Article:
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Gender: Male
Posts: 9

« Reply #40 on: June 13, 2011, 05:03:25 PM »

1 year 6 months into therapy and 2 weeks without a episode. Wow after all the let downs seems to be getting better.Its hard for too hope this is gone but she seems to be dealing with things better...And me too I do not allow her to trigger me.
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Gender: Male
Posts: 72

« Reply #41 on: September 01, 2011, 01:06:06 AM »

Hello All,

Been a while since I posted on this board, just thought I'd pop by and give an update.

For those who don't know me, my story is soo similar to many on this board. And firstly I would encourage anyone going through the troubles of staying with a BPD partner to come here often to know you're not alone and things can get better.

My BPDW has made huge strides with her illness. It still very present, especially in the form of severe depression, but other symptoms have been on a massive decline since she started therapy 2 years ago.

Things in our house have never been better this past year, sure we have our ups and downs like any normal couple would and she constantly struggles to keep mindful of her actions. But all in all we're moving in the right direction and finally in a good place.

Some things I learned through this process that I would like to share with the group is...

1) It takes all kinds of patience on your part to not react in negative ways when our partner outbursts. Some things shouldn't be tolerated, but remember that they have an illness and be extra mindful of your reactions as I found out the hard way can have all kinds of negative impact on your partners road to recovery.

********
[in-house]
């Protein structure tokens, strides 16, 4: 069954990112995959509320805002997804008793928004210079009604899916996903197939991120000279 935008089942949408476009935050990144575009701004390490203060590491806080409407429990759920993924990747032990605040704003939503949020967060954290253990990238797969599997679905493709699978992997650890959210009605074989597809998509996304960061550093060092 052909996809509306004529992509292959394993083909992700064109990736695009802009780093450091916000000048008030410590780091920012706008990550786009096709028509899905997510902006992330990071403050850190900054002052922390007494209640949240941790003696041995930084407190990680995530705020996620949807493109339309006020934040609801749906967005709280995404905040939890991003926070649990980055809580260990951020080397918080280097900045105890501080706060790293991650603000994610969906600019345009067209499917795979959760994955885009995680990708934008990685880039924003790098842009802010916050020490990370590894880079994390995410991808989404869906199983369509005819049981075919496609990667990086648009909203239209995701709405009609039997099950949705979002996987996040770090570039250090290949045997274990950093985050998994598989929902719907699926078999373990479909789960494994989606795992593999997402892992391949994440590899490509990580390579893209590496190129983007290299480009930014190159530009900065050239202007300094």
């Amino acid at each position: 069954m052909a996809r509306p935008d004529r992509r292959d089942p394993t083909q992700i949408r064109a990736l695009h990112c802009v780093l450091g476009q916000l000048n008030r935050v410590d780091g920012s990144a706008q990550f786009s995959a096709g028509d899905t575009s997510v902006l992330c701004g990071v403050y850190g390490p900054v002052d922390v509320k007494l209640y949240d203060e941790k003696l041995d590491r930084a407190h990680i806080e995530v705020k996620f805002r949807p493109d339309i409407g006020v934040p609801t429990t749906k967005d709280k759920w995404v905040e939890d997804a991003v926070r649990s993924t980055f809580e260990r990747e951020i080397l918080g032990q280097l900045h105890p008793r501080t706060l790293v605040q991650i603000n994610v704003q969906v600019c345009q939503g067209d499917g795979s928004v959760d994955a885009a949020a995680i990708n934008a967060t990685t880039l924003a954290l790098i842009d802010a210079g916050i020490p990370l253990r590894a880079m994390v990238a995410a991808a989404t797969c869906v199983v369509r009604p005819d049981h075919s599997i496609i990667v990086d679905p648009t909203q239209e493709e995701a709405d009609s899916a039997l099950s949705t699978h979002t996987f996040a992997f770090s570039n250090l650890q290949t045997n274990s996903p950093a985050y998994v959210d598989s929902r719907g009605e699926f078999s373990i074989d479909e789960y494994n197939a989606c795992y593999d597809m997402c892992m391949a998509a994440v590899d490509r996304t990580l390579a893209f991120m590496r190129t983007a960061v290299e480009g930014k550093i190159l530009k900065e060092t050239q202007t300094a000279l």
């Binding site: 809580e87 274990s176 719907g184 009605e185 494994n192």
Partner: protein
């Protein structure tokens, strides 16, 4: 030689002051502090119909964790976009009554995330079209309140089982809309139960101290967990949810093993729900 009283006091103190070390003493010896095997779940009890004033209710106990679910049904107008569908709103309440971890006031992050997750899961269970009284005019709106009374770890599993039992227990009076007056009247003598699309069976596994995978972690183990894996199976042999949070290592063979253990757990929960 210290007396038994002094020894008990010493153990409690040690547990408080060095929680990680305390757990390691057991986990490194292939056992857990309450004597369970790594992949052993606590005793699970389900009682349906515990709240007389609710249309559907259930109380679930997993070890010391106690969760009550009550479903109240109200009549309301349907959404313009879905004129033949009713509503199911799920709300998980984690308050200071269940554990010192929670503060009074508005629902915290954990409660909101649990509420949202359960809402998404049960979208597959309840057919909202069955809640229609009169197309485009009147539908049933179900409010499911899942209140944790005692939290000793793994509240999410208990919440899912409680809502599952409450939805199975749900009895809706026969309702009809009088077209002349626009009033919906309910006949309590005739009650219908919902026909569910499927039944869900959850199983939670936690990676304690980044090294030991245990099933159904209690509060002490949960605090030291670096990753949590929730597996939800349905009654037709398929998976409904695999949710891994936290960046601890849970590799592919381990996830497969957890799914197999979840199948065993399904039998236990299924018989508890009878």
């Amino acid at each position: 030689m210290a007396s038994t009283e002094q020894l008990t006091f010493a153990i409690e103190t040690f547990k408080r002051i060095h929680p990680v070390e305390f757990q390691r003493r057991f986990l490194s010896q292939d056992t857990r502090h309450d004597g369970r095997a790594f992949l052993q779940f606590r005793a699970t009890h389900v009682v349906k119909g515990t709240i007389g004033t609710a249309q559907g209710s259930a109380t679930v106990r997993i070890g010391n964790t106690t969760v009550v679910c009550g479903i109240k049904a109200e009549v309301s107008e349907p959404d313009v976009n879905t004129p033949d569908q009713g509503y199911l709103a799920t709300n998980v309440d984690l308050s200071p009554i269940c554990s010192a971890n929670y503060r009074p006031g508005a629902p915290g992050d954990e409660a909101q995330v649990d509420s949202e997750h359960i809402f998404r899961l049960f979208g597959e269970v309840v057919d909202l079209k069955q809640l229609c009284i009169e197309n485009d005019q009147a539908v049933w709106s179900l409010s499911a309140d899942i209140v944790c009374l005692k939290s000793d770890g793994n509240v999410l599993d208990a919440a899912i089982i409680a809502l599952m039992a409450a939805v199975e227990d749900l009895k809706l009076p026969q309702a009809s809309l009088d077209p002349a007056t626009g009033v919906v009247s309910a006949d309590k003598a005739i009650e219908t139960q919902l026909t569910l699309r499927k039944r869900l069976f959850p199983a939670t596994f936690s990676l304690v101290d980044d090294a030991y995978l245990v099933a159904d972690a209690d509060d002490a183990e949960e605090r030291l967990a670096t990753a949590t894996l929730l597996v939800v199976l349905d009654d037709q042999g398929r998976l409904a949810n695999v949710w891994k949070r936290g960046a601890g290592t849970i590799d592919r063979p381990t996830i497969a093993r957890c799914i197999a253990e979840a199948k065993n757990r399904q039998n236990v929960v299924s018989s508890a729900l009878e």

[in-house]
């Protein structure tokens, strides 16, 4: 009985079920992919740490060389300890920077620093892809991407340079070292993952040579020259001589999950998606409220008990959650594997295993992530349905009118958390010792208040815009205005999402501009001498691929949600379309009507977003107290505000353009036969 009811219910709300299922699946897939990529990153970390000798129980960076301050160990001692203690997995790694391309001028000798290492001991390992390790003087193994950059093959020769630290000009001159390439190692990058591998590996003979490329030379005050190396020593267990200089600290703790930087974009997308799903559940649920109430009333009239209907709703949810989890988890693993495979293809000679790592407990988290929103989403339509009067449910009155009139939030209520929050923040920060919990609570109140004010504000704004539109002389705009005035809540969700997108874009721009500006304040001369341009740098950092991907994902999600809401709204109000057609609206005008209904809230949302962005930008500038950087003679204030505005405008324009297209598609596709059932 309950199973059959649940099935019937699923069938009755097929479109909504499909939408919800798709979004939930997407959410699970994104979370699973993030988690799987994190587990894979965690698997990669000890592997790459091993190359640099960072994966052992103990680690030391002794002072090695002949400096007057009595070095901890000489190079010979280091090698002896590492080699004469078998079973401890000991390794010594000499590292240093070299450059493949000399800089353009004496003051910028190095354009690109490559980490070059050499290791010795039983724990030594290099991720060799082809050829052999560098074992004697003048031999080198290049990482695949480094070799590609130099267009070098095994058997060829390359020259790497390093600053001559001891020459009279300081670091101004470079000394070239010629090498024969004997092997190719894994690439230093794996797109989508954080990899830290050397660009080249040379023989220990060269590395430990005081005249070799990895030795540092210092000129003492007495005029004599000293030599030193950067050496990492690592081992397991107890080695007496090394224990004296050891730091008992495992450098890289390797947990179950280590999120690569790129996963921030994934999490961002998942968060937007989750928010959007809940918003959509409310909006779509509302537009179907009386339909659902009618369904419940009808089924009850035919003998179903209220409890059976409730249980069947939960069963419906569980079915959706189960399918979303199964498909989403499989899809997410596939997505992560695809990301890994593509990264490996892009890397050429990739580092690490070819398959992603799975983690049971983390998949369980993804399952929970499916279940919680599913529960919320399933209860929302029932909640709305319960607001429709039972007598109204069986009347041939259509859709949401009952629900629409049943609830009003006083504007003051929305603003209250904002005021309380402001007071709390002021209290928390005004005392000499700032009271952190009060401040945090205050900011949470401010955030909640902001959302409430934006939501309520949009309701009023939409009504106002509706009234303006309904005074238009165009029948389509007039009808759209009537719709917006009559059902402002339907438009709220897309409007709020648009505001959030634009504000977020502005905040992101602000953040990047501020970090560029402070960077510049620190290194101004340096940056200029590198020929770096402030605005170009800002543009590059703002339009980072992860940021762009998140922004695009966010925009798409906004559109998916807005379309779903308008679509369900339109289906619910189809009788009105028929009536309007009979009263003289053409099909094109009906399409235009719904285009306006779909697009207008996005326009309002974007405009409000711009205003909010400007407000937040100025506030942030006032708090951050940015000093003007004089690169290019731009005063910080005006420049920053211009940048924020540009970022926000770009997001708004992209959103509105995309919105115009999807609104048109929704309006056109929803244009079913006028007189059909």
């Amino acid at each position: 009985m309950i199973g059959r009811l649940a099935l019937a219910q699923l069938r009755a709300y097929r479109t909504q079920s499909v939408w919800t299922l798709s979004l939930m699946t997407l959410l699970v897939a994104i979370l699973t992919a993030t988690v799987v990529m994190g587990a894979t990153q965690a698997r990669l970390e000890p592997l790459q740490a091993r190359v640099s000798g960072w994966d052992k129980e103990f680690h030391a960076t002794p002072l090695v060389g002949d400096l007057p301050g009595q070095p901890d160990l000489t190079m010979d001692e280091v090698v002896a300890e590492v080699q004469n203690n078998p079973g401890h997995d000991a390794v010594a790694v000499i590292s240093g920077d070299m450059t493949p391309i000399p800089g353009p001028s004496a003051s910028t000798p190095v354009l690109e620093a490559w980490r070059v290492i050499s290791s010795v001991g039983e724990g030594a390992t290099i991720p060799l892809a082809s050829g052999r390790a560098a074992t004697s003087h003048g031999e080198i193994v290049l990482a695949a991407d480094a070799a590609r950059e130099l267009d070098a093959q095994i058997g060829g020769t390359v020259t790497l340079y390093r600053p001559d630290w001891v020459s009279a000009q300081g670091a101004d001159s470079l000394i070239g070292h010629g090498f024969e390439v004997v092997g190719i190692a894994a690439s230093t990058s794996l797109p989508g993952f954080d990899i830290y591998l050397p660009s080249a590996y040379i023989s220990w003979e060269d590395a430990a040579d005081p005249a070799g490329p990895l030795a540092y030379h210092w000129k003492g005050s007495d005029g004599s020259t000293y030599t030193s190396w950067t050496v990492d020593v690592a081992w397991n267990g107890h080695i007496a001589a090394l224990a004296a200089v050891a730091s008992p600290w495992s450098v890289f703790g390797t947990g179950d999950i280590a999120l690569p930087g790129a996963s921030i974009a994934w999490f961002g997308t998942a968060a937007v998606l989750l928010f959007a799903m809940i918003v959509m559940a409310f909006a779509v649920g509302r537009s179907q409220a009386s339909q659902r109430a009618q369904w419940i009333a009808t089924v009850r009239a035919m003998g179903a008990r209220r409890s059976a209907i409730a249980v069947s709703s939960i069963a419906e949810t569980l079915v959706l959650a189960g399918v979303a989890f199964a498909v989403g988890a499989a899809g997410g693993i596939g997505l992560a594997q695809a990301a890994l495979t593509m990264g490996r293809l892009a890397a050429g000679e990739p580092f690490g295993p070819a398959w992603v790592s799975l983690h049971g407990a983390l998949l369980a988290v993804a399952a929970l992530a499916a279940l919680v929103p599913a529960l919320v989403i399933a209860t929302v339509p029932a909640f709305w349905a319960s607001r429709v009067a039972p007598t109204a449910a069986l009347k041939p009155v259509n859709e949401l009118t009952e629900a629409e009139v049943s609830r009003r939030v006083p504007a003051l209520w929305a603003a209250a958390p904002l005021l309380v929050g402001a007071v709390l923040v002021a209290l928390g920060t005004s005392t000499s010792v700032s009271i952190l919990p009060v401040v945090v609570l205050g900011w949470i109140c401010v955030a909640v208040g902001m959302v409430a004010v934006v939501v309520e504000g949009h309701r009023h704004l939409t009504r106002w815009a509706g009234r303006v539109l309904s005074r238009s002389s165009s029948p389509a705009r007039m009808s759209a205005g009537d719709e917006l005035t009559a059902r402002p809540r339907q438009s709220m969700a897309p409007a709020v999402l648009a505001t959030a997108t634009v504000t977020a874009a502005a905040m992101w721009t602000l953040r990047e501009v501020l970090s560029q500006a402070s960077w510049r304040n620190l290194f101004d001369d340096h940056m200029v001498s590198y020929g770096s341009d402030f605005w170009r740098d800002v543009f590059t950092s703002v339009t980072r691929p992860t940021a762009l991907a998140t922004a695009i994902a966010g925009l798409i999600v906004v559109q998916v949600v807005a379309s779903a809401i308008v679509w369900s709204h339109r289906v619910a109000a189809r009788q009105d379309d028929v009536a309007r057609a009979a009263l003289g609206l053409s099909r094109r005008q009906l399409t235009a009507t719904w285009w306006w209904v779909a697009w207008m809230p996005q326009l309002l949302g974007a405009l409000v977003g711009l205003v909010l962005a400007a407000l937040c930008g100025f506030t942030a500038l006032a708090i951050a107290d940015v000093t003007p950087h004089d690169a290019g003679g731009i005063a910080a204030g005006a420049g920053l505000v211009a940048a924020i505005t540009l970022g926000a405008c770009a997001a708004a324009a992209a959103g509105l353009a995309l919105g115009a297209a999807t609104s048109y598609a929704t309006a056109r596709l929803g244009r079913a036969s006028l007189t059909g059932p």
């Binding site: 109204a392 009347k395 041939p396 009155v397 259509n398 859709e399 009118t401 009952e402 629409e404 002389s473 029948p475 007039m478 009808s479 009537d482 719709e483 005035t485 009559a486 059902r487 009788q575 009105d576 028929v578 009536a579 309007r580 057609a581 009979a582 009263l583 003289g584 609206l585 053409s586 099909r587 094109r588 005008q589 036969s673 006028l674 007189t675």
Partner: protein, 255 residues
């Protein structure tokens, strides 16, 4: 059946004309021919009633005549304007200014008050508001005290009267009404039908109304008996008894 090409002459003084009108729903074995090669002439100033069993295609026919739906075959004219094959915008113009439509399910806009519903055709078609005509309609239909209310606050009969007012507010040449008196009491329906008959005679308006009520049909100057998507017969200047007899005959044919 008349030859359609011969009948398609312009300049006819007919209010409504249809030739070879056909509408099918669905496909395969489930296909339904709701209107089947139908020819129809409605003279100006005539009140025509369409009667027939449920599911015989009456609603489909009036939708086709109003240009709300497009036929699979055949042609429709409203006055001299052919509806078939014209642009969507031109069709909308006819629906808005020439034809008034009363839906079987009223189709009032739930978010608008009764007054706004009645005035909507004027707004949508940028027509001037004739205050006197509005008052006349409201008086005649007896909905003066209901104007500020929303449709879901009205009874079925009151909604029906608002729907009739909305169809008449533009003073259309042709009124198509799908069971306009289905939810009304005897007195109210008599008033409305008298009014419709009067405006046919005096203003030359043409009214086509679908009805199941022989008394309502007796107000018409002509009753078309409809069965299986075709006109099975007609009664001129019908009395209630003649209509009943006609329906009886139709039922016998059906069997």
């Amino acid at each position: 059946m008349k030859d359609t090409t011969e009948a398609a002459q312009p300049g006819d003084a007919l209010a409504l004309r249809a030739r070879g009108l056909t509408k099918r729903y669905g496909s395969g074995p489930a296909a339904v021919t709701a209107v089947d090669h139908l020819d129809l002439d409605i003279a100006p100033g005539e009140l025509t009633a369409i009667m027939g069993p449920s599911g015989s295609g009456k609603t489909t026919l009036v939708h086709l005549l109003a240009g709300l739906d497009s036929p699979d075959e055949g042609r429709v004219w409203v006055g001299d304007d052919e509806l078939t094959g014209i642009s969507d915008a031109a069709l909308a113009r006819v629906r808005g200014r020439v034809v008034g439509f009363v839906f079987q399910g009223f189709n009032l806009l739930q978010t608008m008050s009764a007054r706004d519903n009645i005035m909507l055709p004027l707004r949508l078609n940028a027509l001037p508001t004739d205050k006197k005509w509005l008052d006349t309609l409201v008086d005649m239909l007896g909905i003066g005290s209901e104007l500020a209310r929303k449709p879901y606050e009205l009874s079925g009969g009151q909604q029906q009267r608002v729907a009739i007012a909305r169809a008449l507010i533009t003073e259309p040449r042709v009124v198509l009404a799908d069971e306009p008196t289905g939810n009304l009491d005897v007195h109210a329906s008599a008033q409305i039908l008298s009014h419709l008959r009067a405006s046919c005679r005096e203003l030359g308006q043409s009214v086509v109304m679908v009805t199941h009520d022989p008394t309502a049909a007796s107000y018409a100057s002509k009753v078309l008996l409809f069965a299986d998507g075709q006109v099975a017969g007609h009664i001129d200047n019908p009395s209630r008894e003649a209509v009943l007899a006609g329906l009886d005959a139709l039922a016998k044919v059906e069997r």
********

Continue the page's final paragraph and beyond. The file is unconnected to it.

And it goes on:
2) Take care of yourself. Being with someone with this disease is extremely trying, and if you don't look after yourself then bad things WILL happen. Try to take up hobbies or find extra time in the day that is just for you.

3) When you follow the above advice, especially at first, things can get ugly. Oh god did they get ugly for us. This SHOULD be temporary. If after all the reading I've done on here from the help is that extinctions burst are brutal, but they should go away. I remember relaying a story on here about going skiing for a weekend. I thought it was the end of the world and might not be worth it. A helpful member on this board told me I would probably regret it then and later when IO kept putting my happiness off. Wow were they ever right. 1.5 years later and I look at that moment as a defining point in our relationship. Yeah things were bad for a bit, but I kept to my guns and had little outings for myself once a month. Slowly it became the norm, and now she actually looks forward to it LOL.